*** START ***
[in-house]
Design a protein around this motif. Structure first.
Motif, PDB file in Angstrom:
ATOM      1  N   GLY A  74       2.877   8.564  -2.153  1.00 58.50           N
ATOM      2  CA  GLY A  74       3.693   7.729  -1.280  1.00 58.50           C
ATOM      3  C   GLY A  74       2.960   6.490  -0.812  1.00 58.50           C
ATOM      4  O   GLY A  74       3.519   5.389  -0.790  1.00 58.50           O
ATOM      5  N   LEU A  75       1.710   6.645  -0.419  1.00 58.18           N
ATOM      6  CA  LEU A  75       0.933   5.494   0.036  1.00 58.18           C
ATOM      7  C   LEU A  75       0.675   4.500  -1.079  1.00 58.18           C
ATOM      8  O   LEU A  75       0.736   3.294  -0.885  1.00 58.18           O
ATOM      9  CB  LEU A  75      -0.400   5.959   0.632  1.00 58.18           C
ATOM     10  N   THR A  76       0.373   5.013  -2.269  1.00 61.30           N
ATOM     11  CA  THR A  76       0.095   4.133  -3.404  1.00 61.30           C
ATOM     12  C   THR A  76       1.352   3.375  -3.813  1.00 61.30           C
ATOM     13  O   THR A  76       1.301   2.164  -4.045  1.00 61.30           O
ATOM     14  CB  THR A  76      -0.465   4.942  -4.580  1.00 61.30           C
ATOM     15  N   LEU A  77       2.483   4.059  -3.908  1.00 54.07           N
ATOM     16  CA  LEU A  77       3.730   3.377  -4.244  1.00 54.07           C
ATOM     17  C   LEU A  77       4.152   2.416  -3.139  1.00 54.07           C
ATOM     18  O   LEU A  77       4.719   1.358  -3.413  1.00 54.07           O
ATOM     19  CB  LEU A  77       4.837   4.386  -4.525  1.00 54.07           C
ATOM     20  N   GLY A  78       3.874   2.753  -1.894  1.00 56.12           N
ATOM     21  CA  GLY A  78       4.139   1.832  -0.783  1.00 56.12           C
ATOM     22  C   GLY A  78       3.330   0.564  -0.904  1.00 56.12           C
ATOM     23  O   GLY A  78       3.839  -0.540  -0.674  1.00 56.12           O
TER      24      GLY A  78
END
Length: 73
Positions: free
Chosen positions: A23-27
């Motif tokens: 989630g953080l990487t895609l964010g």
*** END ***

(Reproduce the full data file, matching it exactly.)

[in-house]
Design a protein around this motif. Structure first.
Motif, PDB file in Angstrom:
ATOM      1  N   GLY A  74       2.877   8.564  -2.153  1.00 58.50           N
ATOM      2  CA  GLY A  74       3.693   7.729  -1.280  1.00 58.50           C
ATOM      3  C   GLY A  74       2.960   6.490  -0.812  1.00 58.50           C
ATOM      4  O   GLY A  74       3.519   5.389  -0.790  1.00 58.50           O
ATOM      5  N   LEU A  75       1.710   6.645  -0.419  1.00 58.18           N
ATOM      6  CA  LEU A  75       0.933   5.494   0.036  1.00 58.18           C
ATOM      7  C   LEU A  75       0.675   4.500  -1.079  1.00 58.18           C
ATOM      8  O   LEU A  75       0.736   3.294  -0.885  1.00 58.18           O
ATOM      9  CB  LEU A  75      -0.400   5.959   0.632  1.00 58.18           C
ATOM     10  N   THR A  76       0.373   5.013  -2.269  1.00 61.30           N
ATOM     11  CA  THR A  76       0.095   4.133  -3.404  1.00 61.30           C
ATOM     12  C   THR A  76       1.352   3.375  -3.813  1.00 61.30           C
ATOM     13  O   THR A  76       1.301   2.164  -4.045  1.00 61.30           O
ATOM     14  CB  THR A  76      -0.465   4.942  -4.580  1.00 61.30           C
ATOM     15  N   LEU A  77       2.483   4.059  -3.908  1.00 54.07           N
ATOM     16  CA  LEU A  77       3.730   3.377  -4.244  1.00 54.07           C
ATOM     17  C   LEU A  77       4.152   2.416  -3.139  1.00 54.07           C
ATOM     18  O   LEU A  77       4.719   1.358  -3.413  1.00 54.07           O
ATOM     19  CB  LEU A  77       4.837   4.386  -4.525  1.00 54.07           C
ATOM     20  N   GLY A  78       3.874   2.753  -1.894  1.00 56.12           N
ATOM     21  CA  GLY A  78       4.139   1.832  -0.783  1.00 56.12           C
ATOM     22  C   GLY A  78       3.330   0.564  -0.904  1.00 56.12           C
ATOM     23  O   GLY A  78       3.839  -0.540  -0.674  1.00 56.12           O
TER      24      GLY A  78
END
Length: 73
Positions: free
Chosen positions: A23-27
């Motif tokens: 989630g953080l990487t895609l964010g």